Maurice Wolfe was born sometime around 1800, possibly at Knockanasig, County Kerry, Ireland. Some records indicate his name as Maurice Morris. He was the son of Maurice James Wolfe, a Catholic farmer, and Helen (sometimes Ellen) Dore. He had five siblings: John (b. ca. 1794), Edmund Maurice, Richard (b. 1795), Bartholomew (b. 1809), and Michael (b. 1813).
Little is known of Wolfe’s early life. He married Ellen Catherine Carey on February 14, 1830, at Lixnaw, County Kerry, Ireland. He was living at Tournageehy, Listowel, County Kerry, at the time. Witnesses to the event were Patrick Mcauliff and Edmund Carey. (Carey’s surname, according to the marriage records, was probably Kearney. Possibly through a transcription error, her name became Carey upon immigration to the United States.) Maurice and Ellen Wolfe had eleven children: James Carey (b. 1831), Ellen (b. 1833), Maurice Carey (b. ca. 1835), John Carey (b. 1839), Mary Ann (b. 1842), Thomas Carey (b. 1843), Margaret (b. ca. 1845), Johanna (b. 1847), Richard Carey (b. 1848), Catherine “Kate” (b. 1851), and Bridget Veronica (b. 1854).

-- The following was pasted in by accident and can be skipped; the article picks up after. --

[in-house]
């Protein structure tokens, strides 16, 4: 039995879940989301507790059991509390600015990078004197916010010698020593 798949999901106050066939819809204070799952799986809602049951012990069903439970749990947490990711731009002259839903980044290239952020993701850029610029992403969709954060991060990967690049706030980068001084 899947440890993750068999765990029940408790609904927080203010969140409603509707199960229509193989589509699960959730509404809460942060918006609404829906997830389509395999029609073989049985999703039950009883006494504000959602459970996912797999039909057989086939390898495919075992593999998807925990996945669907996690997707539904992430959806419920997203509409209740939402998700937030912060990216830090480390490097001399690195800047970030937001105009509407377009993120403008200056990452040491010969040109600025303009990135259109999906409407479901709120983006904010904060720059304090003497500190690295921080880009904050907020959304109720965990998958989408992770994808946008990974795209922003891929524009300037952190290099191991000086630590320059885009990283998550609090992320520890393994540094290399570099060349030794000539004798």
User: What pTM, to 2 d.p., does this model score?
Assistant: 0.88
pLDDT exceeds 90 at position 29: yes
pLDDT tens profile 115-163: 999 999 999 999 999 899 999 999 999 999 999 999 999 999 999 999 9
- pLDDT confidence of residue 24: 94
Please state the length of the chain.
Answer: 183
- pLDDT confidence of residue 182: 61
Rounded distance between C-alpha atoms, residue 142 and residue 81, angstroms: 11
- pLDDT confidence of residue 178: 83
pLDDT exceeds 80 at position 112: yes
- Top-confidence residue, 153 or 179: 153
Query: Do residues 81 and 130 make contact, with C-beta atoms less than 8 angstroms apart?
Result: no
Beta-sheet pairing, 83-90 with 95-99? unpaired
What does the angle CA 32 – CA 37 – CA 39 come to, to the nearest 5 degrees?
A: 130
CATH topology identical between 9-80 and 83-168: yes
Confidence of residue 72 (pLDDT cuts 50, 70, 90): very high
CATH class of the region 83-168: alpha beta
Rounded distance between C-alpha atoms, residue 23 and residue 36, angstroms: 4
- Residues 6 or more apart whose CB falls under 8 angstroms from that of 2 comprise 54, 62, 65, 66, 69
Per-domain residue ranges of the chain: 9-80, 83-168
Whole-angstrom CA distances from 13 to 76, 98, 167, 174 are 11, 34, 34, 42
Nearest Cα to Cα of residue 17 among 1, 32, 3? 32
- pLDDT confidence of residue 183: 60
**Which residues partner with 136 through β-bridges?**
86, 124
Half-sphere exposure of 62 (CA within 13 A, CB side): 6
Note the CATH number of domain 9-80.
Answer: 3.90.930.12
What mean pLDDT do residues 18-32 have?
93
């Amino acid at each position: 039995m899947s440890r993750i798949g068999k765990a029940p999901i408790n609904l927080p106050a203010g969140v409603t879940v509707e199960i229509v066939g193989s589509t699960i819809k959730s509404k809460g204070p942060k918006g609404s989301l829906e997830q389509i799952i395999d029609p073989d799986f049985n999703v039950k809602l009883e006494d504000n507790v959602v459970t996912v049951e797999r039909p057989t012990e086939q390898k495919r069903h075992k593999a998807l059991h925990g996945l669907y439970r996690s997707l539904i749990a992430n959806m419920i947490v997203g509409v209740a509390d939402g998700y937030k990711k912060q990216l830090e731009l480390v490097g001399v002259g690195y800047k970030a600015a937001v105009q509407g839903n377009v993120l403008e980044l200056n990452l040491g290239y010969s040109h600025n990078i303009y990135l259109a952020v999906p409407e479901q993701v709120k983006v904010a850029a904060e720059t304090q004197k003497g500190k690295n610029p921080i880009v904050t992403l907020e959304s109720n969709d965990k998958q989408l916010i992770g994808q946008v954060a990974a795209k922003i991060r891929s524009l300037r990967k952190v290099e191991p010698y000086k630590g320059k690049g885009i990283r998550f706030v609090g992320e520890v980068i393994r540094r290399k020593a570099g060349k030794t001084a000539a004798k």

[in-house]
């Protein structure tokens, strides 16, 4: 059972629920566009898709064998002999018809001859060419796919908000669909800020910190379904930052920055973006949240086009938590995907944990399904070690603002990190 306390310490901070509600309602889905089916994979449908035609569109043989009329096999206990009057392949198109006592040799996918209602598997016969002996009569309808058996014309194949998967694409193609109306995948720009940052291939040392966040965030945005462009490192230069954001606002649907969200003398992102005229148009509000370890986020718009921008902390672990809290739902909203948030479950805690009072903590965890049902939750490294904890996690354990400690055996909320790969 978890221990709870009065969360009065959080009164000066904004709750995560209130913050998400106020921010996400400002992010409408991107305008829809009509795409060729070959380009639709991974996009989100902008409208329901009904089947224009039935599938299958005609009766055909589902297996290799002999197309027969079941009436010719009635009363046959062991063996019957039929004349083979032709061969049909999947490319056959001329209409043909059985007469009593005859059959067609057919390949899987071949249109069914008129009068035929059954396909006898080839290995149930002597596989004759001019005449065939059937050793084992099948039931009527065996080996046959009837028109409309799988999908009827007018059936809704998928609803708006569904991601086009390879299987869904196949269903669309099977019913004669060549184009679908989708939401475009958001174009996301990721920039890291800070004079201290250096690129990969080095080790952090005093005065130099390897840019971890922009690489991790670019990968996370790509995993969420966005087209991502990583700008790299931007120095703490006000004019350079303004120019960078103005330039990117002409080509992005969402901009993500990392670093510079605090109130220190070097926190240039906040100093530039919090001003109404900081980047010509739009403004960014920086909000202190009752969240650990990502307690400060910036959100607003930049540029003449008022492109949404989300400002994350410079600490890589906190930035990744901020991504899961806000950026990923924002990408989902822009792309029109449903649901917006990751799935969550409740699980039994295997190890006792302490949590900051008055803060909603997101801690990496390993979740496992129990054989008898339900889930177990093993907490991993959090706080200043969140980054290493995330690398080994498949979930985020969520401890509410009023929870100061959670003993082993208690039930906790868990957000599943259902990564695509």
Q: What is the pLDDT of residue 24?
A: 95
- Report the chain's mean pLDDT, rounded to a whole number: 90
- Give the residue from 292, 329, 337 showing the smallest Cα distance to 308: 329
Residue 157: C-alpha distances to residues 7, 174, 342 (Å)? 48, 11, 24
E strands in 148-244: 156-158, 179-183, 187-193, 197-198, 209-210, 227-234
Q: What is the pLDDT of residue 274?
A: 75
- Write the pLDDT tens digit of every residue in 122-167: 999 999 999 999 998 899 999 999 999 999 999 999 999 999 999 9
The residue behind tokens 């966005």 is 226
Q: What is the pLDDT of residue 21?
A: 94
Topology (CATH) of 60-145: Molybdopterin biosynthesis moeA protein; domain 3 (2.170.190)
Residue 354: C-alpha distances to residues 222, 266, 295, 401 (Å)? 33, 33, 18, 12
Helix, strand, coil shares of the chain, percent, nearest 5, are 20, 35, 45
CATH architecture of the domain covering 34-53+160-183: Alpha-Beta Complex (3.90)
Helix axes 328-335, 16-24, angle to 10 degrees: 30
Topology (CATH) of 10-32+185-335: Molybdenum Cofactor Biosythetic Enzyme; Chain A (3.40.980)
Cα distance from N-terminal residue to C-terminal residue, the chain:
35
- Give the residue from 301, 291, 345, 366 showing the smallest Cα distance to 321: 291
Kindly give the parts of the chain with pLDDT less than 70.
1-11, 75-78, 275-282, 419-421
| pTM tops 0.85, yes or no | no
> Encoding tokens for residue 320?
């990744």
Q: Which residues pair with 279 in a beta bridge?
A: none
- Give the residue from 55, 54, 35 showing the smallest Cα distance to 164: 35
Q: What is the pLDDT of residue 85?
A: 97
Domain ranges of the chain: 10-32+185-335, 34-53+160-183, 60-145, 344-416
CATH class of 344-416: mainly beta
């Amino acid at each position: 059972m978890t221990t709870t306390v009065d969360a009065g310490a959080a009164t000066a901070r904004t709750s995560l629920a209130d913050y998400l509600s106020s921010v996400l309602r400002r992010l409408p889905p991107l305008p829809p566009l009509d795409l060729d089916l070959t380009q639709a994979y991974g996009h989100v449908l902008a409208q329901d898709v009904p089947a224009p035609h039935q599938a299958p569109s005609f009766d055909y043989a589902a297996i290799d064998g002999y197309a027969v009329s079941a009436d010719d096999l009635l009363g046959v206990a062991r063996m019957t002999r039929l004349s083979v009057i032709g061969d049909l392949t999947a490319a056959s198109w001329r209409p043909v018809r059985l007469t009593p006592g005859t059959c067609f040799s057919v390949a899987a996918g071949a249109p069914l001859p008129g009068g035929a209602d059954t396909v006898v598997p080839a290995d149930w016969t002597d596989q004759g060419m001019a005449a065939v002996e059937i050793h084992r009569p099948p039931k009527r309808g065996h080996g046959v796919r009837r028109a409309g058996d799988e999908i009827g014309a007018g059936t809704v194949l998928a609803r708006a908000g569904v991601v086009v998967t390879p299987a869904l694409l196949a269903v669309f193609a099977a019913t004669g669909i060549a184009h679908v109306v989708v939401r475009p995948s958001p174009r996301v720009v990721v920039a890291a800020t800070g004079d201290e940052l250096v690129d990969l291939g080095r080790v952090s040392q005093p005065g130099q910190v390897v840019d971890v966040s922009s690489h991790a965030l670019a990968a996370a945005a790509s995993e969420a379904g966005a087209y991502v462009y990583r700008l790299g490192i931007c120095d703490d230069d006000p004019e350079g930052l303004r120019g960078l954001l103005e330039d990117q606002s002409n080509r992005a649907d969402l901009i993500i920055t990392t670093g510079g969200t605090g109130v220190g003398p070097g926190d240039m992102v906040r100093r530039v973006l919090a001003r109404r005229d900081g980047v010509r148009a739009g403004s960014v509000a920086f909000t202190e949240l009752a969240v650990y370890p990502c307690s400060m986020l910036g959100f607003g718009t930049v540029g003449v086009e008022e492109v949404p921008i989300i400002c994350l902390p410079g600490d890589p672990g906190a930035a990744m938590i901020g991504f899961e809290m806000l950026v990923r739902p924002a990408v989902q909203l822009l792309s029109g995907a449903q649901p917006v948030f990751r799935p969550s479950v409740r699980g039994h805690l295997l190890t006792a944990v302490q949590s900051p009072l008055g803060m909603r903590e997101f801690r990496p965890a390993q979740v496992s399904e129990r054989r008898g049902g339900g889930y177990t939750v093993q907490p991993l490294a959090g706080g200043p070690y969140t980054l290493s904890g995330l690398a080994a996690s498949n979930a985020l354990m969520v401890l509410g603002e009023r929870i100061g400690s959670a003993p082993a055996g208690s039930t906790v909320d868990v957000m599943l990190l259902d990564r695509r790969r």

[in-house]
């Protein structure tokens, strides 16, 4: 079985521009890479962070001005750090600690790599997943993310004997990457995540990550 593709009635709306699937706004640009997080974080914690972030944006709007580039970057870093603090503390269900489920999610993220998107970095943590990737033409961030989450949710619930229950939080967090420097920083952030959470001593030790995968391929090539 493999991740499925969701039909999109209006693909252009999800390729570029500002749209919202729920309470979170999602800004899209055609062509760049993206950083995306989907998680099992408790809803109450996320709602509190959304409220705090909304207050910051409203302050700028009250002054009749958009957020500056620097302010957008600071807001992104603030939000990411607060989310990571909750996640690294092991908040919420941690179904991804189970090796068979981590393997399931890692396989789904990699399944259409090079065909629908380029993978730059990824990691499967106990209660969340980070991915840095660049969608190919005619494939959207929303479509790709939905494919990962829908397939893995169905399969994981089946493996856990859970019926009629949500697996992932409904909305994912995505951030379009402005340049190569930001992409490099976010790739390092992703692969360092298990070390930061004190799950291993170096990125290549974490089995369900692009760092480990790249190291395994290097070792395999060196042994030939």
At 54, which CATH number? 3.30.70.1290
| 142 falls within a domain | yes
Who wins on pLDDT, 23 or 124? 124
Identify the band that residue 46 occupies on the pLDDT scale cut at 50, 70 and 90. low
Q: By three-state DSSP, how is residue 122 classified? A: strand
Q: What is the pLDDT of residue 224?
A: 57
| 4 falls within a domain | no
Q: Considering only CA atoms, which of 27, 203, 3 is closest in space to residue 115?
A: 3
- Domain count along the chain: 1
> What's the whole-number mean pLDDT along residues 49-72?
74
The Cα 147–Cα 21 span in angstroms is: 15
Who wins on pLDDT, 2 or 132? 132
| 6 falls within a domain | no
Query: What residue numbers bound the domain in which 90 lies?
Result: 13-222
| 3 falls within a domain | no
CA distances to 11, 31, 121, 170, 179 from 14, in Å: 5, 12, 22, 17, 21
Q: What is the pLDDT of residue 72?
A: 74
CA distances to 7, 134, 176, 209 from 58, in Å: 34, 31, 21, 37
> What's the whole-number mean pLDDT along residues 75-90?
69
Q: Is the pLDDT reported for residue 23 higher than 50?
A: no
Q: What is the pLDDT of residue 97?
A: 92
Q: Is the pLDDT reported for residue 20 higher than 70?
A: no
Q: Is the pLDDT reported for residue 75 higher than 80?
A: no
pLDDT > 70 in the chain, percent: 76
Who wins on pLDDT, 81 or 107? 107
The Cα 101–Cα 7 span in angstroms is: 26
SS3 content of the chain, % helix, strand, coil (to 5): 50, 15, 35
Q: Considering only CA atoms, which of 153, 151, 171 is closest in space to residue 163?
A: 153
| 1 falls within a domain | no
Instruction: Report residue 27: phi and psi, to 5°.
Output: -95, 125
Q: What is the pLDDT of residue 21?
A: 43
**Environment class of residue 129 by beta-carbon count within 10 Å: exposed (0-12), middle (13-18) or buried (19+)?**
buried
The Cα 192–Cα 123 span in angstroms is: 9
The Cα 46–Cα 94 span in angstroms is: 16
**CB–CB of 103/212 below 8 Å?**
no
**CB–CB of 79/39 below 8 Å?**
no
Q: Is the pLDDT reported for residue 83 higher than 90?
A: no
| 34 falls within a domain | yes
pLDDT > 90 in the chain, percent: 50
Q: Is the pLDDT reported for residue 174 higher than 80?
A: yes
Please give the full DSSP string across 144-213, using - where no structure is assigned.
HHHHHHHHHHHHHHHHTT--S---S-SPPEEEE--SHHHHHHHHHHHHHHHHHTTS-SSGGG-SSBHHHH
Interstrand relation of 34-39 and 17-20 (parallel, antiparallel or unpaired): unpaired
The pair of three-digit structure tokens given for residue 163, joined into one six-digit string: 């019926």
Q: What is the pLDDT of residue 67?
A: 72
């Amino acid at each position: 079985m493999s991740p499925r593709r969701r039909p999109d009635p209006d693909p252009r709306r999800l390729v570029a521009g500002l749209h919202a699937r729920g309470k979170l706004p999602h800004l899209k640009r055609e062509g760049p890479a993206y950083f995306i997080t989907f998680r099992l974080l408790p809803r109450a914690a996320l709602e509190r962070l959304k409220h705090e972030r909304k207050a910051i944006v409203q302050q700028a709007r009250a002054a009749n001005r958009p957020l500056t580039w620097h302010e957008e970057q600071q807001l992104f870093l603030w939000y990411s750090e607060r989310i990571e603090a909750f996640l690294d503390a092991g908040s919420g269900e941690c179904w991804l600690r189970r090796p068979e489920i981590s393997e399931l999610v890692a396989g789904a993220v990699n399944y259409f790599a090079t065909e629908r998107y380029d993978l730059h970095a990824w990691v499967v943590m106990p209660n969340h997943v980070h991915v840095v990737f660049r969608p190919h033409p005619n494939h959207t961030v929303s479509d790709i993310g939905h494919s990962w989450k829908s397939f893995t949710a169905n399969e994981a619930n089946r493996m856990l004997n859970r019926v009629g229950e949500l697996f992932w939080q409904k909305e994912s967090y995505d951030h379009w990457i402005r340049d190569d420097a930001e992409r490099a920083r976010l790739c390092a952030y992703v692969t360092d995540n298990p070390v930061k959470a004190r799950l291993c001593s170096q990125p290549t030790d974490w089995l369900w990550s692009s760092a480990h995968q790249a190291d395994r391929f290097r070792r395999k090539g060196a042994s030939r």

In 1847, Wolfe immigrated to the United States in the company of his wife, children, and his first cousin John Richard Wolfe and his family. (Maurice Wolfe and John R. Wolfe shared a grandfather, James M. “The Barrister” Wolfe.)
Wolfe and his family arrived in New York from Liverpool on August 23, 1847, aboard the Cornelia, a relatively large ship (1,040 tons) built by Brown and Bell of New York and part of the Black Star Line. Owned by Samuel Thompson, Black Star ran eighteen ships between Liverpool and New York in 1847, sailing every six days. John F. French was the ship’s master.
Wolfe traveled from New York to Chicago, where he stayed long enough for his son Richard to be born in October 1848. He then moved to LaSalle County, Illinois. John Wolfe’s brother Thomas Richard emigrated from Ireland in 1848 while his brothers Maurice Richard and Richard left in 1849. Maurice Wolfe’s own brother, Richard, came from Ireland in 1848. They all settled, at least initially, in LaSalle County.
The federal census of 1850 places Maurice Wolfe in Deer Park Township, LaSalle County, and five years later, an Illinois state census has him farming in Richland/Eagle Township. Wolfe’s cousin John moved to Liberty Township, Clinton County, Iowa, around 1855. Maurice Wolfe, along with his family, relocated to the same place in the spring of 1859.
Maurice Wolfe spent his remaining years farming in Clinton County. By 1879, when the History of Clinton County, Iowa was published, John R. Wolfe owned 840 acres and a Maurice Wolfe (possibly John Wolfe’s son Maurice Buckley, but also possibly his cousin) 640 acres.
Ellen Wolfe died on August 14, 1857, and Maurice on April 1, 1879. They are buried at Saint James Cemetery, Toronto, Iowa.
image: Maurice Wolfe’s gravestone, Saint James Cemetery, Toronto, Iowa (Ken Wright / Find a Grave): Detail of ship’s manifest for Cornelia, arriving New York, August 23, 1848, showing Maurice Wolfe and family (National Archives)